1. What are you good at?
  2. What excites you?
  3. What do you read about?
  4. What have you secretly dreamed of?
  5. Learn, Ask, Take Notes.
  6. Experiment, Try.
  7. Narrow things down.
  8. Banish your fears.
  9. Find the time.
  10. How to make a living doing it.

Oflow – App

Oflow is a combination Playbook and Zen Guide – it offers over 120 tips for having more ideas and being more creative. From creating a mind map and drawing in the dark, to re-organizing your thinking and utilizing help from strangers, Oflow has enough creative methods to make sure you’ll be thinking like a creative genius. When you first open the app you’re presented with a random idea – a new random idea every time you open the app. From there you can browse the other creative methods, bookmark your favorites to use again later, email any of the creative methods to yourself or anyone in your address book, and create a note to store ideas or random thoughts. The app is created by Tanner Christensen, a creativity expert, entrepreneur, and author. He currently writes for the  creative inspiration blog, Creative Something, and founded the creative ebook publishing house Aspindle. You can follow him on Twitter @tannerc or learn more about him and his work by visiting TannerChristensen.com

A quick browse of Creative Something, led me to this gem, “What Makes A Genius?”

What Makes a Genius

There is a lot more buzzing inside my head with regard to what is arguably my favorite part of the year.  I will endeavor to keep posting as we move forward! Until then, one final gem:

Rules of a Creator's Life

Inspiration

Don’t Underestimate Encouragement or the Power of a Great Question

In response to the letter I sent out to my incoming class of fifth graders, one student wrote back with the following quote that is so far, fueling her passion to be “fifth grade and fearless”:

“Nine-tenths of education is encouragement.”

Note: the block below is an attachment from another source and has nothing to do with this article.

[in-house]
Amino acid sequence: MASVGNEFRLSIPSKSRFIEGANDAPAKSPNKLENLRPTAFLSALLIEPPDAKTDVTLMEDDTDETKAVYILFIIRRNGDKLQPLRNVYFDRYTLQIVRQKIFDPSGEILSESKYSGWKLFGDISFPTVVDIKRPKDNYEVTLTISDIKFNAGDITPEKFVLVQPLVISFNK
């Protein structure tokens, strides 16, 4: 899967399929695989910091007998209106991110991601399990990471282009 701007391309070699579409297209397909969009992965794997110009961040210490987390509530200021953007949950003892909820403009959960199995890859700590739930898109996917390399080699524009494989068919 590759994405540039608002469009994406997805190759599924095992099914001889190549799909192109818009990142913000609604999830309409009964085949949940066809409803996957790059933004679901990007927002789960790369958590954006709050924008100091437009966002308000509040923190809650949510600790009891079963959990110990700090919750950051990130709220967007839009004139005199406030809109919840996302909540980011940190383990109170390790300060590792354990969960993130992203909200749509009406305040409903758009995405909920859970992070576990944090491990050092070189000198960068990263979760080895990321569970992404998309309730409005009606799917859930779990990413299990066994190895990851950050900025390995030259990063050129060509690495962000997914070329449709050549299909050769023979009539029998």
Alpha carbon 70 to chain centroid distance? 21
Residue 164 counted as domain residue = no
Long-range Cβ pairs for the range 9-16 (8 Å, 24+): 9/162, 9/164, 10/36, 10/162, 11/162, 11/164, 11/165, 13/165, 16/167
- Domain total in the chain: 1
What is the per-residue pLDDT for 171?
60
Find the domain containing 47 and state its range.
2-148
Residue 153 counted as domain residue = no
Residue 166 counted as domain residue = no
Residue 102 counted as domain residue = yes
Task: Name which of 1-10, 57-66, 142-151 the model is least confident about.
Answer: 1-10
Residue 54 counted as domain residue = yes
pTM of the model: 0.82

-Anatole France

So true. And it can come in many forms.

For me, I rely heavily on what my husband refers to as “my emotional paycheck”.  Like most teachers, I am not in it for the money.  I am grateful for having a job, and one that I love at that.  The paycheck = great.  The feedback, encouragement, critiques – way more valuable. So to are the people who give so freely of their time to help make me a better teacher.  Recently, I have been working on a new website to showcase our PYP Exhibition: The Passion Project.  It has been a mountain of work, but totally worth it.  When I was at the bottom of the mountain, I put a few feelers out to people I have worked with – and they came through big time.  The ideas, suggestions, critiques and encouragement were all so welcomed and so valuable.

Most valuable were the really good questions. The ones that didn’t tell me what to do, but gave me something to think about and ultimately led to a better website than could have been created on my own.

So…that’s my takeaway for the coming school year.

1.Ask better questions.

I came across a book called “Ever Wonder” by Kobi Yamada.  The Ever Wonder book is filled with intriguing questions that invite powerful answers. The quality of our lives is in direct proportion to the quality of the questions we ask ourselves. If you want better answers for your life, ask better questions. Ever Wonder raises our awareness and points us toward life-enriching change. Ask Better Questions.  Love it!

 

 

2.Give encouragement freely.

If you want something more tangible than words of encouragement, you can’t go past the adorable gift left on my front steps today from a sneaky duo.  A beautiful book of encouragement and celebration.  I can see my class making these for each other next year….